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Benchmarking Quickwit vs. Loki

In 2019, Grafana launched Loki, a new log aggregation system, to tackle the challenges commonly faced by teams operating and scaling Elasticsearch:

  • High total cost of ownership (TCO)
  • Slow indexing
  • Difficult to scale to terabytes
  • Complex and hard to manage

The consensus was that Elasticsearch wasn't the right solution for efficient log management. Loki aimed to provide a cost-efficient through a minimalistic indexing approach that indexes only metadata (labels), inspired by Prometheus’s labeling system, and leveraged cheap object storage. Humio1 had a similar approach with its unique index-free architecture.

In 2021, we launched Quickwit with the same goal but a different approach. While we also targeted cost-efficiency and use object storage, we maintained the inverted index, combining it with a columnar storage. Our ultimate goal was to provide a search engine on object storage, retaining the strengths of traditional search engines while addressing the good complaints coming from Elasticsearch users.

Today, as Quickwit is gaining traction and being adopted by companies at petabyte scale2, we are often asked about the trade-offs of using Quickwit vs. Loki for log management.

This blog post explores these differences, evaluates their trade-offs, and benchmarks them against a reasonably large log dataset to provide relevant insights. As benchmarking another tool against one's own is very challenging, I strove to present a balanced view with humility, welcoming input from both the Loki and Quickwit communities. I'm convinced that the benchmark results are worth sharing, and I hope you will gain a better understanding of the two engines!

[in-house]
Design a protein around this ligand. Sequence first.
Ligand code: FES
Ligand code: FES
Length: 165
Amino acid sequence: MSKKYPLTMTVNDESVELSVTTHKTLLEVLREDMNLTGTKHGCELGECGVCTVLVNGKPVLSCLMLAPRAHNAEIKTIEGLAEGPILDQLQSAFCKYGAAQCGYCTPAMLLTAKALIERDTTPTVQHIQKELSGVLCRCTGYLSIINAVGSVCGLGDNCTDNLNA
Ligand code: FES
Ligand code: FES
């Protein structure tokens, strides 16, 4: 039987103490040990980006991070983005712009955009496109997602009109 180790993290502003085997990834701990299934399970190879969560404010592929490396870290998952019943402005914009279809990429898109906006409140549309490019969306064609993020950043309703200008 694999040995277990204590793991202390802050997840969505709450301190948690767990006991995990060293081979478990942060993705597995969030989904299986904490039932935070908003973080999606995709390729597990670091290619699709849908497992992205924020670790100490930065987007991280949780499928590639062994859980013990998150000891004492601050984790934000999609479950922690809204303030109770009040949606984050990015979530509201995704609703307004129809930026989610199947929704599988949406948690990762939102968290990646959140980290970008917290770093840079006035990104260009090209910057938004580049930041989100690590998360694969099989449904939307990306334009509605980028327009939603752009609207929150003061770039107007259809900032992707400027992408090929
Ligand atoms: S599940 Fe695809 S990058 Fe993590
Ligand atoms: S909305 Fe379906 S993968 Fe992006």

Establishing a Fair Comparison

Quickwit and Loki target the same use case: log search, with a shared goal of cost-effectiveness at terabyte scale and beyond. They achieve this by decoupling computing and storage, optimizing data compression, and maintaining stateless architectures to simplify cluster management.

However, their querying capabilities are substantially different:

  • Quickwit offers a simplified query language: it typically supports keyword queries, prefix queries, and phrase queries but lacks support for regex queries.
  • Loki supports a broader set of queries, including regex capabilities and log content parsing for field extraction.

The benchmark will thus evaluate a subset of the Loki query language since Quickwit is less powerful there. Considering the architectures of both engines, we can already anticipate the performance characteristics that we should observe:

  • Quickwit builds an inverted index and columnar store, it should offer faster search and analytics capabilities at the expense of higher ingestion costs.
  • Loki favors quick ingestion but should exhibit slower query responses as it is mostly index-free, only labels are used to categorize data into streams.

The main goal of the benchmark is to materialize the trade-offs between Quickwit and Loki on a log dataset.

Benchmark setup

For this benchmark, we considered a typical scenario of ingesting hundreds of GBs of logs per day. We used the Elastic Integration Corpus Generator Tool to create our dataset, which is publicly available in our Google Storage bucket. The dataset contains the first 200 files (generated-logs-v1-*), totaling approximately 212.40 GB across 243,527,673 logs.

The JSON structure of our logs is as follows:

"agent": {
"ephemeral_id": "9d0fd4b2-0cf1-4b9b-9ad1-61e46657134d",
"id": "9d0fd4b2-0cf1-4b9b-9ad1-61e46657134d",
"name": "coldraccoon",
"type": "filebeat",
"version": "8.8.0"
"aws.cloudwatch": {
"ingestion_time": "2023-09-17T13:31:04.741Z",
"log_stream": "novachopper"
"cloud": {
"region": "us-east-1"
"event": {